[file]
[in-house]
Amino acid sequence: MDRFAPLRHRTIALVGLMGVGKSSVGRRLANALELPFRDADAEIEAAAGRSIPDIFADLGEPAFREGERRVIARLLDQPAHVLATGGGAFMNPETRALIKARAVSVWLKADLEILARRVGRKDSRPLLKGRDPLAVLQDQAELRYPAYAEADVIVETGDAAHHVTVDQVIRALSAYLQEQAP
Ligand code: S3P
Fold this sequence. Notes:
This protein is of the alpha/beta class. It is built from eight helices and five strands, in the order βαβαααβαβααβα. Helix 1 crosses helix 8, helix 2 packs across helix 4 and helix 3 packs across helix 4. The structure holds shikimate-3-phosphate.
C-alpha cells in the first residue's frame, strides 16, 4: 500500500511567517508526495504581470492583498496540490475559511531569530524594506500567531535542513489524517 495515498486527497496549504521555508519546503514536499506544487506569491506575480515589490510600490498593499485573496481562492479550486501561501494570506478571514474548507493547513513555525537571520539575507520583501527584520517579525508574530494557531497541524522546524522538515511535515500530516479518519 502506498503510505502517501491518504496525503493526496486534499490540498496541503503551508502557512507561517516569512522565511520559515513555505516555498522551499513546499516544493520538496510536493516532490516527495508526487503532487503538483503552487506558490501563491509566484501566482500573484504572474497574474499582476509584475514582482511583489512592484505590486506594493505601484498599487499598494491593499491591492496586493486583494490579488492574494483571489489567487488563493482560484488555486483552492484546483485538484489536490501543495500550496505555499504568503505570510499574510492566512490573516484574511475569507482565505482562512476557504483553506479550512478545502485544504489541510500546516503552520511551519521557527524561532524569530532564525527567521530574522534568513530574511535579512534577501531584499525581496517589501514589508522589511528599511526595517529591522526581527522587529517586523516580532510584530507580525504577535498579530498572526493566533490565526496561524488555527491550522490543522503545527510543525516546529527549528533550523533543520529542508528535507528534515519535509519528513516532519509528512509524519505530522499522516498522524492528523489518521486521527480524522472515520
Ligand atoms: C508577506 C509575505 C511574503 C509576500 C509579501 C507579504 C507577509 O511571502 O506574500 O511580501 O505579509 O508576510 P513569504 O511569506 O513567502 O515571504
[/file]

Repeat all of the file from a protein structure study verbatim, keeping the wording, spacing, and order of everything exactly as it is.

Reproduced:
[in-house]
Amino acid sequence: MDRFAPLRHRTIALVGLMGVGKSSVGRRLANALELPFRDADAEIEAAAGRSIPDIFADLGEPAFREGERRVIARLLDQPAHVLATGGGAFMNPETRALIKARAVSVWLKADLEILARRVGRKDSRPLLKGRDPLAVLQDQAELRYPAYAEADVIVETGDAAHHVTVDQVIRALSAYLQEQAP
Ligand code: S3P
Fold this sequence. Notes:
This protein is of the alpha/beta class. It is built from eight helices and five strands, in the order βαβαααβαβααβα. Helix 1 crosses helix 8, helix 2 packs across helix 4 and helix 3 packs across helix 4. The structure holds shikimate-3-phosphate.
C-alpha cells in the first residue's frame, strides 16, 4: 500500500511567517508526495504581470492583498496540490475559511531569530524594506500567531535542513489524517 495515498486527497496549504521555508519546503514536499506544487506569491506575480515589490510600490498593499485573496481562492479550486501561501494570506478571514474548507493547513513555525537571520539575507520583501527584520517579525508574530494557531497541524522546524522538515511535515500530516479518519 502506498503510505502517501491518504496525503493526496486534499490540498496541503503551508502557512507561517516569512522565511520559515513555505516555498522551499513546499516544493520538496510536493516532490516527495508526487503532487503538483503552487506558490501563491509566484501566482500573484504572474497574474499582476509584475514582482511583489512592484505590486506594493505601484498599487499598494491593499491591492496586493486583494490579488492574494483571489489567487488563493482560484488555486483552492484546483485538484489536490501543495500550496505555499504568503505570510499574510492566512490573516484574511475569507482565505482562512476557504483553506479550512478545502485544504489541510500546516503552520511551519521557527524561532524569530532564525527567521530574522534568513530574511535579512534577501531584499525581496517589501514589508522589511528599511526595517529591522526581527522587529517586523516580532510584530507580525504577535498579530498572526493566533490565526496561524488555527491550522490543522503545527510543525516546529527549528533550523533543520529542508528535507528534515519535509519528513516532519509528512509524519505530522499522516498522524492528523489518521486521527480524522472515520
Ligand atoms: C508577506 C509575505 C511574503 C509576500 C509579501 C507579504 C507577509 O511571502 O506574500 O511580501 O505579509 O508576510 P513569504 O511569506 O513567502 O515571504